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Redevelopment Zone's Elimination Upheld

August 16, 2000

DIAMOND BAR — City officials must follow a California court order to disband its redevelopment district because the affluent suburb has failed to prove it has any blight, the state's Supreme Court has decided.

The high court refused to review the lower court order forcing the end of Diamond Bar's redevelopment zone, and the city was informed of the decision earlier in the week, City Manager James DeStefano said Tuesday.

A group of citizens sued the city, arguing that the redevelopment district was created illegally because there were no blighted areas and tax moneys would be diverted from schools, police and other vital services.

The court's refusal to review the case ends the city's avenues of appeal. Officials haven't determined what other options may exist, DeStefano said.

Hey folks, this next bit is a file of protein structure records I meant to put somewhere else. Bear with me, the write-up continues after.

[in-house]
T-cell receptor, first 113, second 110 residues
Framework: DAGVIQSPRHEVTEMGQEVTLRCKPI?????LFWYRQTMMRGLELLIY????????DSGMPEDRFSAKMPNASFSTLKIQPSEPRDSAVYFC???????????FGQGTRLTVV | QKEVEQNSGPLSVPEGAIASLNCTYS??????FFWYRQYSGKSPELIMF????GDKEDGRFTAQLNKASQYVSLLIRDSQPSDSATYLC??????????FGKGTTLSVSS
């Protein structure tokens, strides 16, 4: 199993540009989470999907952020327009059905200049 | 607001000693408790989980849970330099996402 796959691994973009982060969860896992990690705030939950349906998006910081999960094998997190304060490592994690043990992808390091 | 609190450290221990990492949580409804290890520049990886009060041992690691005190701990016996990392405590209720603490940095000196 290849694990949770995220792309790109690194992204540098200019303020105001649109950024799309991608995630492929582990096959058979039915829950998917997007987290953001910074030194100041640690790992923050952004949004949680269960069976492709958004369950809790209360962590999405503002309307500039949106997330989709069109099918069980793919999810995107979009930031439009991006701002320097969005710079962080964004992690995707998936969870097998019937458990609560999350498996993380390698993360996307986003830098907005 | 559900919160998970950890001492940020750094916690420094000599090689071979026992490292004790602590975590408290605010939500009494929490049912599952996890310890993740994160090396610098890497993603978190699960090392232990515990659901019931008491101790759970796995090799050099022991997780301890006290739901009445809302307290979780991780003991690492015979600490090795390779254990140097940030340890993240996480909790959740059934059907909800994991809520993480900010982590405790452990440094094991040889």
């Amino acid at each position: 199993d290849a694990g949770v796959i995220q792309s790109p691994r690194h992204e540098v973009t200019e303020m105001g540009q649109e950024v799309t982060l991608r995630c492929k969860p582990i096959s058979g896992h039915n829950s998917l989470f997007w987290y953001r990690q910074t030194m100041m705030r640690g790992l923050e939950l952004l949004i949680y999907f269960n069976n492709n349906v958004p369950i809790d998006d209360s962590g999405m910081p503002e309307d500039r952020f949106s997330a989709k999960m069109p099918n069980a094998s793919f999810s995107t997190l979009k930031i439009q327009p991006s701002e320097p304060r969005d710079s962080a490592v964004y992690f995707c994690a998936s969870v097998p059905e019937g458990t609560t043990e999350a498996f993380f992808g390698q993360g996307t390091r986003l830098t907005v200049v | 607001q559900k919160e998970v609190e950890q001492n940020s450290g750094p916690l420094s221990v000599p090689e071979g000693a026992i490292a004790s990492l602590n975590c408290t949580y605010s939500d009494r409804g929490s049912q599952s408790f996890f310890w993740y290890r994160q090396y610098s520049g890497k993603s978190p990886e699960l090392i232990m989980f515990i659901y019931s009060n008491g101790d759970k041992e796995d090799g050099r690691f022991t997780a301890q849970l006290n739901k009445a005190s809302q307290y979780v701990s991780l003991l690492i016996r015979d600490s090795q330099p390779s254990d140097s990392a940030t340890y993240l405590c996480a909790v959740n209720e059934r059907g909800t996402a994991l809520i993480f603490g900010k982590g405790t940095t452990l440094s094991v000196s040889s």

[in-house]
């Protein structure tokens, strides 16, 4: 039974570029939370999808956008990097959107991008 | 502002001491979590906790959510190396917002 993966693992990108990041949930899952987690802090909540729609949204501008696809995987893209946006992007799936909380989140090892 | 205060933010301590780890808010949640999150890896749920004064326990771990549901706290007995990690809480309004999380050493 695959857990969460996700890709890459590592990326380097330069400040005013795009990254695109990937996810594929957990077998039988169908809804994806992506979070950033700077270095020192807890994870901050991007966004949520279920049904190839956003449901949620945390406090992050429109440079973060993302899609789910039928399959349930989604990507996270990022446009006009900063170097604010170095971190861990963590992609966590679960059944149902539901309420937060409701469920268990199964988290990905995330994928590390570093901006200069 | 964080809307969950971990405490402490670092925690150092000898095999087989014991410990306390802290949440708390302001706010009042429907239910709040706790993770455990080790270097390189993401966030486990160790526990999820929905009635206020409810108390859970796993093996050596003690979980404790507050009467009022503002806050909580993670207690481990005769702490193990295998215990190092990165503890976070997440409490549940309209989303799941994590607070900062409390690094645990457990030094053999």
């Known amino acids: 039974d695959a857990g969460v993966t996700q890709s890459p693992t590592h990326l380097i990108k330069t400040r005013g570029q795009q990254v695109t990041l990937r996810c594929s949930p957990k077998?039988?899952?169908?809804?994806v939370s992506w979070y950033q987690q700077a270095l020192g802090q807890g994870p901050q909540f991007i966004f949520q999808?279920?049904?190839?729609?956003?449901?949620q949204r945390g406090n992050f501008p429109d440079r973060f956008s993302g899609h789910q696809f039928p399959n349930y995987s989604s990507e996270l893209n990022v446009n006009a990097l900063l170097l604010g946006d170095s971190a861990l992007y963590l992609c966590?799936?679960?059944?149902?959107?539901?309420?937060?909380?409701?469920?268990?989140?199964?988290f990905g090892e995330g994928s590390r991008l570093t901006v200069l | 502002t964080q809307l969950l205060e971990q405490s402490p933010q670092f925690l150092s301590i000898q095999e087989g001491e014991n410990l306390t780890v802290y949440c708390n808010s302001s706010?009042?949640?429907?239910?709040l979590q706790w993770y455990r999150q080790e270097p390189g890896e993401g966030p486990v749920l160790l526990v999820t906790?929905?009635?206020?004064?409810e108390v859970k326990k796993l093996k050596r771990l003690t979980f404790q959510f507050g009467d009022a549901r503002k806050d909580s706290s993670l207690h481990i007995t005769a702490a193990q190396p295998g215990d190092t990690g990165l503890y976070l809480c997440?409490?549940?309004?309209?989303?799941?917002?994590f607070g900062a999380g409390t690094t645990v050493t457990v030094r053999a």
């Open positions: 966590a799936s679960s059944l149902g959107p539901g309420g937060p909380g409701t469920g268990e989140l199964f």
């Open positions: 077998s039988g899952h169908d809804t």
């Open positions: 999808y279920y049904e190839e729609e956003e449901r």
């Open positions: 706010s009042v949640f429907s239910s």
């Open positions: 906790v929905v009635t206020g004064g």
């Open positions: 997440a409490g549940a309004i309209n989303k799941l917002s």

Diamond Bar, about 30 miles east of downtown Los Angeles, had planned to use the money to attract new business to the city and improve streets, DeStefano said.

"This was not a tool to assist the city in its long-term financial needs," he said. "This was an economic development tool that would be utilized to revitalize the city, to develop the vacant spaces in our commercial areas, to significantly improve our traffic situation."

A state appeals court said there was no need for redevelopment in the area designated by the city. In refusing to review the case, the state Supreme Court effectively upheld that ruling.

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